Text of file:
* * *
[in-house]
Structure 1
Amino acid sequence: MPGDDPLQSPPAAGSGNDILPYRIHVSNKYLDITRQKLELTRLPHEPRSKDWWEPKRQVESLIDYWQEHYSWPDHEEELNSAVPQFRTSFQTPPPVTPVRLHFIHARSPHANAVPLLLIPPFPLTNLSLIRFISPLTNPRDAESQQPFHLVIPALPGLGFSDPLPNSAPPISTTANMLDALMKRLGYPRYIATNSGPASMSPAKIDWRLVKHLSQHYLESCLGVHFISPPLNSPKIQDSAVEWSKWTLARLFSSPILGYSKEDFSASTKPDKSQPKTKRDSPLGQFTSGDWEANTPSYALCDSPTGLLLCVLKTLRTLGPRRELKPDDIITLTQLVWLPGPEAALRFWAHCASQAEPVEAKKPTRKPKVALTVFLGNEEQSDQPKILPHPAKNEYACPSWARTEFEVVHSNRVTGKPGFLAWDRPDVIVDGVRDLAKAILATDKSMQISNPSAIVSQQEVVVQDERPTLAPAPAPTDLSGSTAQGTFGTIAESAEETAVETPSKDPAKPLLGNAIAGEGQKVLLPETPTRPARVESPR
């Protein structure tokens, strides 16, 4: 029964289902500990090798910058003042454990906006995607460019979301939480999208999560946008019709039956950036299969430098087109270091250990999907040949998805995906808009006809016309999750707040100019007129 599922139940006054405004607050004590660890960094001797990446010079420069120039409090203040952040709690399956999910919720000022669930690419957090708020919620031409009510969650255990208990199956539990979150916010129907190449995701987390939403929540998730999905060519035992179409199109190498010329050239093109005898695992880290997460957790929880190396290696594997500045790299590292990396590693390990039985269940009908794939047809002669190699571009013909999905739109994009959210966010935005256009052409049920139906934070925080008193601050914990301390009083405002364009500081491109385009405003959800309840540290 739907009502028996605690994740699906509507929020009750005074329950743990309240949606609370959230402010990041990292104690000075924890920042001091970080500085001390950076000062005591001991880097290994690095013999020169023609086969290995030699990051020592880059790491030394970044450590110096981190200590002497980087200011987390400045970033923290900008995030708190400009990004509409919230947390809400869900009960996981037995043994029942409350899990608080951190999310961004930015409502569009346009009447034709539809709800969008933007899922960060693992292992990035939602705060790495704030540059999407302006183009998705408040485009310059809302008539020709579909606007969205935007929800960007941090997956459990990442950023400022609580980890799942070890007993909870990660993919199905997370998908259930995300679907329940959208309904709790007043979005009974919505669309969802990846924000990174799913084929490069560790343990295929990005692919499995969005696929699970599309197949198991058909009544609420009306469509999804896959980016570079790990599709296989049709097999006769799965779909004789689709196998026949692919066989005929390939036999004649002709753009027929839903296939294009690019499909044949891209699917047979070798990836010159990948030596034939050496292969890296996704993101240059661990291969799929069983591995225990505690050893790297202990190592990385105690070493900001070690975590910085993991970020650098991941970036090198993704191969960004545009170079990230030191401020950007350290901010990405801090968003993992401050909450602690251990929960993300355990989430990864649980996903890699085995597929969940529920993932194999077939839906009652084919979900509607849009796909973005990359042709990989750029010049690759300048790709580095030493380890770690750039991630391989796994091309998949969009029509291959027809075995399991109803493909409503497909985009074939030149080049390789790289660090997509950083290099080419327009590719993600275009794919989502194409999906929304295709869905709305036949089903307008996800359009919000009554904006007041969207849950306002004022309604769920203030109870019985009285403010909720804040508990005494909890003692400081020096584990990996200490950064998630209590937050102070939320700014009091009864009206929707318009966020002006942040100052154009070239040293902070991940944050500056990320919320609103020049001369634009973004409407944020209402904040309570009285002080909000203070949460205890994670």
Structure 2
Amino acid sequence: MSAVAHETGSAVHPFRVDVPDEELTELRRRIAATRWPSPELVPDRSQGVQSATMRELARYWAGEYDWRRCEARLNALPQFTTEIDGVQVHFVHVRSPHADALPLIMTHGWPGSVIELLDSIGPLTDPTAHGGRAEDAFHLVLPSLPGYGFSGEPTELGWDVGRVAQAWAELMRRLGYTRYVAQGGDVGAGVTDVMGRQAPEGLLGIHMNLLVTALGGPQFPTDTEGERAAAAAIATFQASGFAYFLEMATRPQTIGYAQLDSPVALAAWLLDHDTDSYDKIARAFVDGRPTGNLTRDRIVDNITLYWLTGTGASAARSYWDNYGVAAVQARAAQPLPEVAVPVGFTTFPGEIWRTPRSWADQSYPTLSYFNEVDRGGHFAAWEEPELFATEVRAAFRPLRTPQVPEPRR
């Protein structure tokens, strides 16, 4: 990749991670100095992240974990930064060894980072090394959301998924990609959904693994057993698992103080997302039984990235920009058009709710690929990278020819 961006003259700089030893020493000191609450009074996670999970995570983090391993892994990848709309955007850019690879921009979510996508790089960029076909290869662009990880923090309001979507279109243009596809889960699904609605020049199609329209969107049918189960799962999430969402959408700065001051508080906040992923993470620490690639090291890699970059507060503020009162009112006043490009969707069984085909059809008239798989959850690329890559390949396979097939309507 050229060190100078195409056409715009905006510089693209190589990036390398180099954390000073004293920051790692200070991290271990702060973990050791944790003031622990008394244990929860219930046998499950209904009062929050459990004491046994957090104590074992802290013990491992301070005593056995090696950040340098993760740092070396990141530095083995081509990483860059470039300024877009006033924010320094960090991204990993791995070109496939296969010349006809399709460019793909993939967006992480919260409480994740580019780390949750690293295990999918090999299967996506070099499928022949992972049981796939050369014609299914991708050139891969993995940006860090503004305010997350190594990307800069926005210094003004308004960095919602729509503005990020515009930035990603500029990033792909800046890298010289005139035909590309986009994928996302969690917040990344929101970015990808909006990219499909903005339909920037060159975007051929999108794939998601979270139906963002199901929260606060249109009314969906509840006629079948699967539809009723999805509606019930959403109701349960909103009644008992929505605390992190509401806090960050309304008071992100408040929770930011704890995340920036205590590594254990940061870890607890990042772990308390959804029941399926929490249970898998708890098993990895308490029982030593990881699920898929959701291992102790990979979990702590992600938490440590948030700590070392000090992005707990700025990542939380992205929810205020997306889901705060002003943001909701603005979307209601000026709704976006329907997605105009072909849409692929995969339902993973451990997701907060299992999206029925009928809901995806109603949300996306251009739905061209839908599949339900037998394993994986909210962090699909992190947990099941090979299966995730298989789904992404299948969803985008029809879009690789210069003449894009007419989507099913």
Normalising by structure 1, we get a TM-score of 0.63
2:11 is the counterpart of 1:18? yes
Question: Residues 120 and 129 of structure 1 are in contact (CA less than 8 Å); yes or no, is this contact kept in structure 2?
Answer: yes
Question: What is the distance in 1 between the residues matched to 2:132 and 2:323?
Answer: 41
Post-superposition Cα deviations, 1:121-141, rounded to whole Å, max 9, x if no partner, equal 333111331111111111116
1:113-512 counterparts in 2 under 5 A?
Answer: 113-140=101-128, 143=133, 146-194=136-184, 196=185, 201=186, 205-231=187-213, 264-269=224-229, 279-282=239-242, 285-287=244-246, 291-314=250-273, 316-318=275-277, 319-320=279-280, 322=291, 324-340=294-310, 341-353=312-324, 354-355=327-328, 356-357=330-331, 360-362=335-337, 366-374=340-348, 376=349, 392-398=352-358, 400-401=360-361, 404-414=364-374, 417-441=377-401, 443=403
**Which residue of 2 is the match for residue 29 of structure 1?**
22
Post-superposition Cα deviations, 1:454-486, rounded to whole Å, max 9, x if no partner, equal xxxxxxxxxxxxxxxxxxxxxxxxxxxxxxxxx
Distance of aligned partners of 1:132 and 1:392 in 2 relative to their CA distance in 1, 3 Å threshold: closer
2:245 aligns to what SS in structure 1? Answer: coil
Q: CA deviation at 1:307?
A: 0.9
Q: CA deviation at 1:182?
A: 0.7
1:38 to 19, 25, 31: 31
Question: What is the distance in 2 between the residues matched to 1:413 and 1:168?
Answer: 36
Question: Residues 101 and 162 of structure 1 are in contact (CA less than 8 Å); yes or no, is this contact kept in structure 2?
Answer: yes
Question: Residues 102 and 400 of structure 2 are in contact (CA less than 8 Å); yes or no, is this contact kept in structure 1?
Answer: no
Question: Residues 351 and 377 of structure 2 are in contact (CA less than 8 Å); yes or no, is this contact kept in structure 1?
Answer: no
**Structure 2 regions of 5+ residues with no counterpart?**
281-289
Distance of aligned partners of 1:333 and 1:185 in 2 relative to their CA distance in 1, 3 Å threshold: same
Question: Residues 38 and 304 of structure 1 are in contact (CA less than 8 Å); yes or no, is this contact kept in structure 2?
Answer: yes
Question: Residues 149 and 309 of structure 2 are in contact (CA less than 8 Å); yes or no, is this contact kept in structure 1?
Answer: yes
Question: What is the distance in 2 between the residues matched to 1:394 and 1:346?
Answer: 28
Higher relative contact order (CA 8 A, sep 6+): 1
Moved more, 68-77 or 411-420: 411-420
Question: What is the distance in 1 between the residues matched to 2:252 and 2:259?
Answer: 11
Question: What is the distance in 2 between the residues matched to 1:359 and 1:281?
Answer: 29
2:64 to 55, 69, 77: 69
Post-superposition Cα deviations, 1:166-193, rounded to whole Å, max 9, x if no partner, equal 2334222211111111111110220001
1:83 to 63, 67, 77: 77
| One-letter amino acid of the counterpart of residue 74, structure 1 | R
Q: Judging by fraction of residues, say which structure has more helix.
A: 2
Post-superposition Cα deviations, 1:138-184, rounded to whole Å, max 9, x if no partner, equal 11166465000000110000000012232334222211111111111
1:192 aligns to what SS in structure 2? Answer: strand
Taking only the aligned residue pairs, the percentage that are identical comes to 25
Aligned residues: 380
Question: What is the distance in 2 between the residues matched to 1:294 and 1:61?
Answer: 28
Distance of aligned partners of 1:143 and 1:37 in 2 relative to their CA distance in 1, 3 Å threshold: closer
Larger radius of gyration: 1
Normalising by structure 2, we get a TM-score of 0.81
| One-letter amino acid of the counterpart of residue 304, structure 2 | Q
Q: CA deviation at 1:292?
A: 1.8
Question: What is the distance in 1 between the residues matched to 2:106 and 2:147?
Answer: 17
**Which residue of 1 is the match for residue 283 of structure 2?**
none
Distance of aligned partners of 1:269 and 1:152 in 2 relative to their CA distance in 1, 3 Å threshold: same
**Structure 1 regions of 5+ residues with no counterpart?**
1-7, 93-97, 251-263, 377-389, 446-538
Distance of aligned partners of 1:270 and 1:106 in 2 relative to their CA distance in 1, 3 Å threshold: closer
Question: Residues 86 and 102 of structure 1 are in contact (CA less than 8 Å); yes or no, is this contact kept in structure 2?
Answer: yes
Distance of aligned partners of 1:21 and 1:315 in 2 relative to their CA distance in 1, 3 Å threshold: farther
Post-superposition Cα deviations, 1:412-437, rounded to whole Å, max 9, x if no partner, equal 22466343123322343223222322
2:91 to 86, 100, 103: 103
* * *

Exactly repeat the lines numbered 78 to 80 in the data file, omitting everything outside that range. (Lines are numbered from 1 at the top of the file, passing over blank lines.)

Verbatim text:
Distance of aligned partners of 1:21 and 1:315 in 2 relative to their CA distance in 1, 3 Å threshold: farther
Post-superposition Cα deviations, 1:412-437, rounded to whole Å, max 9, x if no partner, equal 22466343123322343223222322
2:91 to 86, 100, 103: 103